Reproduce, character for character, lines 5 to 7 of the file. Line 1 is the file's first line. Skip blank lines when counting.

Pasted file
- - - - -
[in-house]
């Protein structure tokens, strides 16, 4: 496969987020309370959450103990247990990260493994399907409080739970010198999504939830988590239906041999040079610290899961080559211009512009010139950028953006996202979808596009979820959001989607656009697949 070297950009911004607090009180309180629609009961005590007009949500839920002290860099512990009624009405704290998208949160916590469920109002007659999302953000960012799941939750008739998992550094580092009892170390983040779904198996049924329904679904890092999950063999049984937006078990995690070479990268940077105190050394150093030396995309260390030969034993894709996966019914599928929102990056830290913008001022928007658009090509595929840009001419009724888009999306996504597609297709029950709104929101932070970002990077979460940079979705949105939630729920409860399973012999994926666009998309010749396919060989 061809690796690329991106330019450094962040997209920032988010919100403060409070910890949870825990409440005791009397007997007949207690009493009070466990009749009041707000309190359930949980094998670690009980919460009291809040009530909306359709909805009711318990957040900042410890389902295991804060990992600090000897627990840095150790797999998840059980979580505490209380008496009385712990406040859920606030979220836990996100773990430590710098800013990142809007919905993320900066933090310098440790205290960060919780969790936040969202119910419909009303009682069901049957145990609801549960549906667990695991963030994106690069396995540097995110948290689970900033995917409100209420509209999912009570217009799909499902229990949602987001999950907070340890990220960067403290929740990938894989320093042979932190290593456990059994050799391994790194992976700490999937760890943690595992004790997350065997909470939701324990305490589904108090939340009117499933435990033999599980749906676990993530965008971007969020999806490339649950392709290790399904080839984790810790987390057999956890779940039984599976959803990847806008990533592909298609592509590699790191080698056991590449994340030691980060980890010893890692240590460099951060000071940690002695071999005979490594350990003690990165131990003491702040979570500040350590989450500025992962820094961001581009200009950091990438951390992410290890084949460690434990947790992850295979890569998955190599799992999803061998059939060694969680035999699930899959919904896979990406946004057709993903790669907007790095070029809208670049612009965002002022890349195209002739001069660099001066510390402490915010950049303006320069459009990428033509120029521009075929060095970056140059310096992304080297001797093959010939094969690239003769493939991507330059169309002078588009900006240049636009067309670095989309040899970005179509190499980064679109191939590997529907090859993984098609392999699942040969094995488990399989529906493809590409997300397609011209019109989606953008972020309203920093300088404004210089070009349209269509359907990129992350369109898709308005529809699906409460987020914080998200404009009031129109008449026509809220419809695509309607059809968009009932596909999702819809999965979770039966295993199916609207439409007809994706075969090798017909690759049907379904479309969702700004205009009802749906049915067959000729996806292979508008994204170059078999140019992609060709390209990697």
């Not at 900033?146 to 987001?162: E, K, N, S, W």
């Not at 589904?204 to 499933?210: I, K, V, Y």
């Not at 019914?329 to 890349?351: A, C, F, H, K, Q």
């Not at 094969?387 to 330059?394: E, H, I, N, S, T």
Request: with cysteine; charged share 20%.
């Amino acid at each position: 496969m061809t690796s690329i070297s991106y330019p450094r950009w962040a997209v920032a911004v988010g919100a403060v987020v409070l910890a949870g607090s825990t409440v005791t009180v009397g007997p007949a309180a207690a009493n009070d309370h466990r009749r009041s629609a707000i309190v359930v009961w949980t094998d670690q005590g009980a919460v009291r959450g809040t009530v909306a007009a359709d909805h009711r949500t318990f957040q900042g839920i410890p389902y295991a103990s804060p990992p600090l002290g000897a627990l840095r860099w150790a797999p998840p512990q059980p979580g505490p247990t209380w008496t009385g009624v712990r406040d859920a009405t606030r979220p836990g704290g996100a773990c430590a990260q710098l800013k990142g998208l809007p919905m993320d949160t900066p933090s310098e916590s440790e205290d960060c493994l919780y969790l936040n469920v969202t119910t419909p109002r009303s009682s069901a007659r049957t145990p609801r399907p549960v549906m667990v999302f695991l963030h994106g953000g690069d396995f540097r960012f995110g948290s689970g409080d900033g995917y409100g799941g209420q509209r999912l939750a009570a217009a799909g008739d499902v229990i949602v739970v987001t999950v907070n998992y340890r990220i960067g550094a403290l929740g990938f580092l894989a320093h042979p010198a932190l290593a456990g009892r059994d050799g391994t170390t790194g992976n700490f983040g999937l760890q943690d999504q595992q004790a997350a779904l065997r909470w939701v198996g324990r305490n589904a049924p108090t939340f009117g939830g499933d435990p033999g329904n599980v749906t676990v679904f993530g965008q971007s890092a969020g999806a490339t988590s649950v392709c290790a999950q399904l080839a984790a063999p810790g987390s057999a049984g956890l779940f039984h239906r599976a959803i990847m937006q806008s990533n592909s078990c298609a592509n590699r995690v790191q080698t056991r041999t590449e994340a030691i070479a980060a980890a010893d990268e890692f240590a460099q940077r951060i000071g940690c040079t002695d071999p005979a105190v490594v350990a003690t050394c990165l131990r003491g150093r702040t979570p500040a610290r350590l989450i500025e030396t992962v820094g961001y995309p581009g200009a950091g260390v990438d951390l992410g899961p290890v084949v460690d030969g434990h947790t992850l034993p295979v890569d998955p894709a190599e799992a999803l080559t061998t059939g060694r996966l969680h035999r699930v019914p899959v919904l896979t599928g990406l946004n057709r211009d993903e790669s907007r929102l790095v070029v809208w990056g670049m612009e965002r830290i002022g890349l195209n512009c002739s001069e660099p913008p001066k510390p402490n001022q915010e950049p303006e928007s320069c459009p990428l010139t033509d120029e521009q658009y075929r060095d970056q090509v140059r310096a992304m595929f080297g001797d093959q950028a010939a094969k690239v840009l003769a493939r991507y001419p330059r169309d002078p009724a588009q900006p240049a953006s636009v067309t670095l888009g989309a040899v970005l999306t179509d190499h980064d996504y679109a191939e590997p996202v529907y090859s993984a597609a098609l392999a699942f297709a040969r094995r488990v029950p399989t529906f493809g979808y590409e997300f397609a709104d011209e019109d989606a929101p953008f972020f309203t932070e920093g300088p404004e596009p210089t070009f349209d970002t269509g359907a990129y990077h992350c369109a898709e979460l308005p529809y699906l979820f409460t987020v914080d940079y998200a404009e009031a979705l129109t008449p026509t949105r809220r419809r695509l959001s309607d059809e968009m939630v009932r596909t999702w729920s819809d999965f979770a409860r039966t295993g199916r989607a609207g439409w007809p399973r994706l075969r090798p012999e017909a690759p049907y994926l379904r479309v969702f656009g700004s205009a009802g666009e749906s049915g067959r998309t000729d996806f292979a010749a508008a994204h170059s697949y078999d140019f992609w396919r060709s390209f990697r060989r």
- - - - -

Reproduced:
């Not at 019914?329 to 890349?351: A, C, F, H, K, Q």
């Not at 094969?387 to 330059?394: E, H, I, N, S, T």
Request: with cysteine; charged share 20%.